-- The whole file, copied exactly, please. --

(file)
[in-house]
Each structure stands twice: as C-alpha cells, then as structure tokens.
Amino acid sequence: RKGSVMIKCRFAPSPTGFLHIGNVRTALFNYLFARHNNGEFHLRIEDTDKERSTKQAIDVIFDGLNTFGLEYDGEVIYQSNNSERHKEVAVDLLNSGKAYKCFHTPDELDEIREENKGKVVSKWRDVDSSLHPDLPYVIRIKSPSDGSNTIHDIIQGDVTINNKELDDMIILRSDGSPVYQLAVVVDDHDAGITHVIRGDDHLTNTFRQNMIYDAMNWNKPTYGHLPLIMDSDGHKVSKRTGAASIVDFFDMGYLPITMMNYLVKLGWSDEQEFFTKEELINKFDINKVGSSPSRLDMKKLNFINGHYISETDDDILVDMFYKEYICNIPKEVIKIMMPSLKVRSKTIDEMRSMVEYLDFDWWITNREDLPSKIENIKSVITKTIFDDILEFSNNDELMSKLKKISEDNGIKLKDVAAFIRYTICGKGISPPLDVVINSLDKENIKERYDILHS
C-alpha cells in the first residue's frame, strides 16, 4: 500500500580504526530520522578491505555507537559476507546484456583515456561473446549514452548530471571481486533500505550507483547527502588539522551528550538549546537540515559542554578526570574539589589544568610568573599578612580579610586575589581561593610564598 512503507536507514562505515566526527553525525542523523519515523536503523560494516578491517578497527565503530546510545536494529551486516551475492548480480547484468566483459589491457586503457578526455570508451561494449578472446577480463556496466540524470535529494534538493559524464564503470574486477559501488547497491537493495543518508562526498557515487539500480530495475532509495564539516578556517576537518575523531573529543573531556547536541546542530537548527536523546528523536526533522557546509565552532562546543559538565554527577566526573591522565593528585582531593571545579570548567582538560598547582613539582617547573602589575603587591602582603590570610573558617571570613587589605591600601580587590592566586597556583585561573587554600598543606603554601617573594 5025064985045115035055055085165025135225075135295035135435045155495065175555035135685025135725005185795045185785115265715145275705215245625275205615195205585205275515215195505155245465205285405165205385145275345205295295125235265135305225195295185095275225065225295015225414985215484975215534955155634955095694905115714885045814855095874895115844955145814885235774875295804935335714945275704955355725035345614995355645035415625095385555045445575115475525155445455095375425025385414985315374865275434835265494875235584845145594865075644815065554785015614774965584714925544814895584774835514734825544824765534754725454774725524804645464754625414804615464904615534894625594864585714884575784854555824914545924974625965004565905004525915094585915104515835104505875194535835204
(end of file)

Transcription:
[in-house]
Each structure stands twice: as C-alpha cells, then as structure tokens.
Amino acid sequence: RKGSVMIKCRFAPSPTGFLHIGNVRTALFNYLFARHNNGEFHLRIEDTDKERSTKQAIDVIFDGLNTFGLEYDGEVIYQSNNSERHKEVAVDLLNSGKAYKCFHTPDELDEIREENKGKVVSKWRDVDSSLHPDLPYVIRIKSPSDGSNTIHDIIQGDVTINNKELDDMIILRSDGSPVYQLAVVVDDHDAGITHVIRGDDHLTNTFRQNMIYDAMNWNKPTYGHLPLIMDSDGHKVSKRTGAASIVDFFDMGYLPITMMNYLVKLGWSDEQEFFTKEELINKFDINKVGSSPSRLDMKKLNFINGHYISETDDDILVDMFYKEYICNIPKEVIKIMMPSLKVRSKTIDEMRSMVEYLDFDWWITNREDLPSKIENIKSVITKTIFDDILEFSNNDELMSKLKKISEDNGIKLKDVAAFIRYTICGKGISPPLDVVINSLDKENIKERYDILHS
C-alpha cells in the first residue's frame, strides 16, 4: 500500500580504526530520522578491505555507537559476507546484456583515456561473446549514452548530471571481486533500505550507483547527502588539522551528550538549546537540515559542554578526570574539589589544568610568573599578612580579610586575589581561593610564598 512503507536507514562505515566526527553525525542523523519515523536503523560494516578491517578497527565503530546510545536494529551486516551475492548480480547484468566483459589491457586503457578526455570508451561494449578472446577480463556496466540524470535529494534538493559524464564503470574486477559501488547497491537493495543518508562526498557515487539500480530495475532509495564539516578556517576537518575523531573529543573531556547536541546542530537548527536523546528523536526533522557546509565552532562546543559538565554527577566526573591522565593528585582531593571545579570548567582538560598547582613539582617547573602589575603587591602582603590570610573558617571570613587589605591600601580587590592566586597556583585561573587554600598543606603554601617573594 5025064985045115035055055085165025135225075135295035135435045155495065175555035135685025135725005185795045185785115265715145275705215245625275205615195205585205275515215195505155245465205285405165205385145275345205295295125235265135305225195295185095275225065225295015225414985215484975215534955155634955095694905115714885045814855095874895115844955145814885235774875295804935335714945275704955355725035345614995355645035415625095385555045445575115475525155445455095375425025385414985315374865275434835265494875235584845145594865075644815065554785015614774965584714925544814895584774835514734825544824765534754725454774725524804645464754625414804615464904615534894625594864585714884575784854555824914545924974625965004565905004525915094585915104515835104505875194535835204